Thus, you must create an effective chain of communication. Work to structure all the formal information so that work-related messages reach every employee. You can create communication structures or standard protocols for the same. For example, the back end manager must share status reports with the front end manager and vice-versa. At the same time, promote team lunches or get-togethers to build a sense of camaraderie among various team members.
3. Hold Pre-Shift Meetings
Holding pre-shift meetings is a good way to optimize your front of the house operations. Even if your employees know what to do and what not to do, a pre-shift meeting still gets everyone on the same page. Going through the duties broadly creates a mental checklist of things to do. A sequence of operations can be decided based on the discussion to most effectively cater to the customer needs based on how the last employee left.
4. Train Your Staff
The attrition in the restaurant industry of USA is pretty high. According to The National Restaurant Association, the employee turnover across the entire restaurant industry was 61% in 2016, and the percentage is almost twice as high for front-line workers. This means that you would be regularly hiring new staff at your restaurant, who would be needing regular training sessions to cater to the customers.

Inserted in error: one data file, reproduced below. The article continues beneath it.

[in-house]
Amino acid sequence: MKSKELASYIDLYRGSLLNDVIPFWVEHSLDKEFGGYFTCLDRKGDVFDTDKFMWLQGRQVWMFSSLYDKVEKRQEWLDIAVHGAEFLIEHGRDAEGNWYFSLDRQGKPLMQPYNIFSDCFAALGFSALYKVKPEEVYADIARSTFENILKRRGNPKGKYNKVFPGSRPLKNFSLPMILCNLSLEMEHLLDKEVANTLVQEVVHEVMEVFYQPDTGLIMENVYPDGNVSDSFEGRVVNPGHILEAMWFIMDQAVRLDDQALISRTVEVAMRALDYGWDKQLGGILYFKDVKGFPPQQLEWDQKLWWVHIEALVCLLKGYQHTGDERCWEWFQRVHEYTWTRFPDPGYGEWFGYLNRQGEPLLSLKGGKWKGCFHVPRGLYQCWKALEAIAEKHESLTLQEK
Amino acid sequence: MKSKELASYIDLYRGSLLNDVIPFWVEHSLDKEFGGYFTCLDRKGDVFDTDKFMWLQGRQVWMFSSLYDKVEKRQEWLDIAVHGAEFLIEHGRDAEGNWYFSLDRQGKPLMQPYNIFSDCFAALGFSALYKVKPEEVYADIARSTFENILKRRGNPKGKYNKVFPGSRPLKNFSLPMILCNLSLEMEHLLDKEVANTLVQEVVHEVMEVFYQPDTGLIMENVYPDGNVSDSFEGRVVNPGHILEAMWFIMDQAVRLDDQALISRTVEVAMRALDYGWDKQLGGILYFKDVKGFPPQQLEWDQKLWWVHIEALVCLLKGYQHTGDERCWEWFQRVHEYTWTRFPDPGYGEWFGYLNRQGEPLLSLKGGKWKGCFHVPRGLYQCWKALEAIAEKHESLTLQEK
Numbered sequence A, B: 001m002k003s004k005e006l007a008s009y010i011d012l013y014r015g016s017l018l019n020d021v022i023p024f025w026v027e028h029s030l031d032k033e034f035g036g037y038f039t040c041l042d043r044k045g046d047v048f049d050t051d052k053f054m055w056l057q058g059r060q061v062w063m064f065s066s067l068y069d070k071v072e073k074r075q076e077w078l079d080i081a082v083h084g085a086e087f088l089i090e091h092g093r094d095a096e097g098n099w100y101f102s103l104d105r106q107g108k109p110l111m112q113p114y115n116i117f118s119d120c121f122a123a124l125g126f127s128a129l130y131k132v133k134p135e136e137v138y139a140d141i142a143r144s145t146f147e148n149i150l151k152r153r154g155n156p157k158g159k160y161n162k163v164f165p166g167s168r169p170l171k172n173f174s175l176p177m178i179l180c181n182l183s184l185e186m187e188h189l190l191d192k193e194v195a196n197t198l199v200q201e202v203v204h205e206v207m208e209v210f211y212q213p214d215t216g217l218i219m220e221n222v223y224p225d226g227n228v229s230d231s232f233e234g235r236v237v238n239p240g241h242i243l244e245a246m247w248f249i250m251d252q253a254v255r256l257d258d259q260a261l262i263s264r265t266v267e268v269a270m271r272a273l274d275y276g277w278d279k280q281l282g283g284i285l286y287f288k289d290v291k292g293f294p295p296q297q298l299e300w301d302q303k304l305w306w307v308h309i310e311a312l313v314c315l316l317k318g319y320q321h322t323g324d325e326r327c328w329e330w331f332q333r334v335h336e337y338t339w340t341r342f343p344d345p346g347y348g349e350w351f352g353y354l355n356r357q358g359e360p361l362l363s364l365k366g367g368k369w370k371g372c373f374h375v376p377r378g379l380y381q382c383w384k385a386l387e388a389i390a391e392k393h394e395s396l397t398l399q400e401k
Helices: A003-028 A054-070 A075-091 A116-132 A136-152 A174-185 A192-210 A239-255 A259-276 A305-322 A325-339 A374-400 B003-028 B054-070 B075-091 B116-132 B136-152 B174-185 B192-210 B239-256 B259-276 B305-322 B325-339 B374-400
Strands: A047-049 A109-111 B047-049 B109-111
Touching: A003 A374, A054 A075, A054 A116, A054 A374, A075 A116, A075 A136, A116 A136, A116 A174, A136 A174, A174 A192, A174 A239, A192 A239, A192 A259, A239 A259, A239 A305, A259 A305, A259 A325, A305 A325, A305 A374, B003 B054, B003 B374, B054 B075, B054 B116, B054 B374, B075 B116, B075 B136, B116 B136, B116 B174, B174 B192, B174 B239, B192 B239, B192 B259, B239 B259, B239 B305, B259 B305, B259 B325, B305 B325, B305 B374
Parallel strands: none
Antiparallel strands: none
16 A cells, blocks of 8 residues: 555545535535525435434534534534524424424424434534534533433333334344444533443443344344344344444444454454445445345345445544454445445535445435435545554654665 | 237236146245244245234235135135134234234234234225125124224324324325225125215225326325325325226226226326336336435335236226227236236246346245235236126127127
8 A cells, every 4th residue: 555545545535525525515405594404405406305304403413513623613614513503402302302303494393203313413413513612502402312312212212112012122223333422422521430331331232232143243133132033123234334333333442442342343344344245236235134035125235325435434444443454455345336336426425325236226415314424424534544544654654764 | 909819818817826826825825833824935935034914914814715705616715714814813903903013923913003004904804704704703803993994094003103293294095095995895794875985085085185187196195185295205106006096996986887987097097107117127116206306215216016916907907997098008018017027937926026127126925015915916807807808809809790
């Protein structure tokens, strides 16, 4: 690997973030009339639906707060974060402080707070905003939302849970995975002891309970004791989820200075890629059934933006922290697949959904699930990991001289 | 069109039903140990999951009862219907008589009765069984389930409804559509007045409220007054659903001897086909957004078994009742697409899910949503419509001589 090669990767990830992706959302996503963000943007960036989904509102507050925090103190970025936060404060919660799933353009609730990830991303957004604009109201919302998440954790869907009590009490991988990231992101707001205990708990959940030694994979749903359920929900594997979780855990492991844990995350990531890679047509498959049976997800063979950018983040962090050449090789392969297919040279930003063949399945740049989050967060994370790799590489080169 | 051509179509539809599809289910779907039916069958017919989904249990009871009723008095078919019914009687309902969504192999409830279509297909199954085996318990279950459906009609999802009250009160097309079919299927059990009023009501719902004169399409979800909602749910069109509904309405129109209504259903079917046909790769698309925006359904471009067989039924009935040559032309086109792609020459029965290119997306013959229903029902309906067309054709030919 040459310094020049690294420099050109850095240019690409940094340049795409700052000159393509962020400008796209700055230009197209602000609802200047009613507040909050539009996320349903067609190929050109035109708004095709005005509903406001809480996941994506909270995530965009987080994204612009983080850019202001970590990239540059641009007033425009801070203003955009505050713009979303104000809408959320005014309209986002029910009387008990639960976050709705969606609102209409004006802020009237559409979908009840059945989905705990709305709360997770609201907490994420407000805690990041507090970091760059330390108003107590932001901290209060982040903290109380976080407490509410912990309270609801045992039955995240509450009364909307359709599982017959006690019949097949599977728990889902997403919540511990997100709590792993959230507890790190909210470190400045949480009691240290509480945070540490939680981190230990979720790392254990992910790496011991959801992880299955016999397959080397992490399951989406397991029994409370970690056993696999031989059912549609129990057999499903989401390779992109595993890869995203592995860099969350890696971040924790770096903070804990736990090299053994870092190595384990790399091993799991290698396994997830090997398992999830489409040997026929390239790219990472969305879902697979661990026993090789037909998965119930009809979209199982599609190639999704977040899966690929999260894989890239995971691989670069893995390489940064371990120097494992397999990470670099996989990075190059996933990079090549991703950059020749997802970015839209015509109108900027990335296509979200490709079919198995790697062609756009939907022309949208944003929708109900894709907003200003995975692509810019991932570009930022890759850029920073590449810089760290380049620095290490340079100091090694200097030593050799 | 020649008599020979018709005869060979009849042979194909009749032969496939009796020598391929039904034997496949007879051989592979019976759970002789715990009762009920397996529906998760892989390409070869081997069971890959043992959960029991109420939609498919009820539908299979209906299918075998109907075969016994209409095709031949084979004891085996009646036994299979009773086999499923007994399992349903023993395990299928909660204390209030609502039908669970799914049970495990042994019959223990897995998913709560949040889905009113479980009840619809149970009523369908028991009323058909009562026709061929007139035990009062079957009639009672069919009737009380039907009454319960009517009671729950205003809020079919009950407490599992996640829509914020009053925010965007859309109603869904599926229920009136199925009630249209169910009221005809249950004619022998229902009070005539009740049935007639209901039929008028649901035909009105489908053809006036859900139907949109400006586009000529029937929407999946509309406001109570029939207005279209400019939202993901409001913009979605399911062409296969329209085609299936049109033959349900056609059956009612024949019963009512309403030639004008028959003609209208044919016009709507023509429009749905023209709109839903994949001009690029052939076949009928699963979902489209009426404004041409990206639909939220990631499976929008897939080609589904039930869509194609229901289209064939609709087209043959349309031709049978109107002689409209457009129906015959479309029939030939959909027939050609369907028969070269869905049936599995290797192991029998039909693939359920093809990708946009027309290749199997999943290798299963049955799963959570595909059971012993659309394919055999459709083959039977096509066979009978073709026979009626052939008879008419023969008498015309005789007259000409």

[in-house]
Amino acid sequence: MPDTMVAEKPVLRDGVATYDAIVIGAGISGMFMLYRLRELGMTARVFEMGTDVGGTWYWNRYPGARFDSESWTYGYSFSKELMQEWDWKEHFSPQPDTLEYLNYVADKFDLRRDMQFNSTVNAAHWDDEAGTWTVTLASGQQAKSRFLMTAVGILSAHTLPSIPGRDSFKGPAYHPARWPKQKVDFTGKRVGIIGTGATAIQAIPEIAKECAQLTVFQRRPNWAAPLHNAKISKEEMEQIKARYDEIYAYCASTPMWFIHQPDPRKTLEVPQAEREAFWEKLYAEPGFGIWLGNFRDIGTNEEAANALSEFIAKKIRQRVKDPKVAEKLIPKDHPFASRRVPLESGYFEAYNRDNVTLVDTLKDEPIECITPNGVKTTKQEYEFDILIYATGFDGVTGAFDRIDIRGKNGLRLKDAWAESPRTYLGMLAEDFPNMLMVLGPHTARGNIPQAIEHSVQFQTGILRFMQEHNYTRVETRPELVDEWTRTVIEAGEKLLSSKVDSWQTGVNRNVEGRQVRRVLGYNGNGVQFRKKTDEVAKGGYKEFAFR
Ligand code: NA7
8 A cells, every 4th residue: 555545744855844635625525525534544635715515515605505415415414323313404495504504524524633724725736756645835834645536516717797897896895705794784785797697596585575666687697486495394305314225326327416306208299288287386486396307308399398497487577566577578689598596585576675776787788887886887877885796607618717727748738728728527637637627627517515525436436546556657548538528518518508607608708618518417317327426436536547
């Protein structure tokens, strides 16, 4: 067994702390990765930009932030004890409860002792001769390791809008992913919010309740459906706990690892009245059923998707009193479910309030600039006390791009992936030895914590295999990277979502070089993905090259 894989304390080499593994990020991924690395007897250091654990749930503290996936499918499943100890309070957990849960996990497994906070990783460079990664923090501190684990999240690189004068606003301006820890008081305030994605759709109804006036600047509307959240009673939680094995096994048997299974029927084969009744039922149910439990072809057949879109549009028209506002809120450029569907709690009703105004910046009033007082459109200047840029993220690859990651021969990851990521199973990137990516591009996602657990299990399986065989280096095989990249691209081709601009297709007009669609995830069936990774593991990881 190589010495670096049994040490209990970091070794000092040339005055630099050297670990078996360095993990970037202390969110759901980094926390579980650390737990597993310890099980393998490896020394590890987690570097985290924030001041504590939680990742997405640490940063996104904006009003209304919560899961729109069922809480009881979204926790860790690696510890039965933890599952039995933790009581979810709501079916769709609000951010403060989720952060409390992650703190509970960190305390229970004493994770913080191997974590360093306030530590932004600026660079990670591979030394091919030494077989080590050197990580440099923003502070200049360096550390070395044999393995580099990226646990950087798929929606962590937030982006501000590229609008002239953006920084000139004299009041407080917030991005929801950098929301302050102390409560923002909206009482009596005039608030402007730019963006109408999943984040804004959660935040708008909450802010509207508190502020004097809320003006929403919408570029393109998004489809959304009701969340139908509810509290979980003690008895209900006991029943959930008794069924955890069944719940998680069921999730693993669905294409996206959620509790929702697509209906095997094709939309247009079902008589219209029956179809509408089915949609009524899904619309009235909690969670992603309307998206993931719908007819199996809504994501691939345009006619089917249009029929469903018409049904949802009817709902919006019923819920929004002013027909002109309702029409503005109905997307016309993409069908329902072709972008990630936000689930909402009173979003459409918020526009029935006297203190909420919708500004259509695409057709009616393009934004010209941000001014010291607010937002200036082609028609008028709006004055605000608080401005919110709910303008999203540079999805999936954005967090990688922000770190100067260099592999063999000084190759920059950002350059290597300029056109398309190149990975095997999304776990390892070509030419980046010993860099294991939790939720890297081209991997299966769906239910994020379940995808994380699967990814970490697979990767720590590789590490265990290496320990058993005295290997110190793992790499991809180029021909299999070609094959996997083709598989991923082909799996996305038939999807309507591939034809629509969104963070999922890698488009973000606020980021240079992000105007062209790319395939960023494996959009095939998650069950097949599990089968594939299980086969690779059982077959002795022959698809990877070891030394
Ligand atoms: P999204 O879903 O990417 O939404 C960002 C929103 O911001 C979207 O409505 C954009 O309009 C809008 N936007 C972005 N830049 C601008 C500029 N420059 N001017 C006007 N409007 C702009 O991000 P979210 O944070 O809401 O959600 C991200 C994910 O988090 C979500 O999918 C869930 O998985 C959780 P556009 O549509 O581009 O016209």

Have proper and standard training sessions for your staff members. When everyone is trained in the same way, a standard is set. This will enable employees to understand what is expected of them and the level of performance that they must give. At the same time, it will set a standard of expected service for your customers. They will know what to expect from your staff members. Consistency in service provided is just as important as consistency in food. A similar service experience will keep customer expectations realistic and within your do-able boundaries.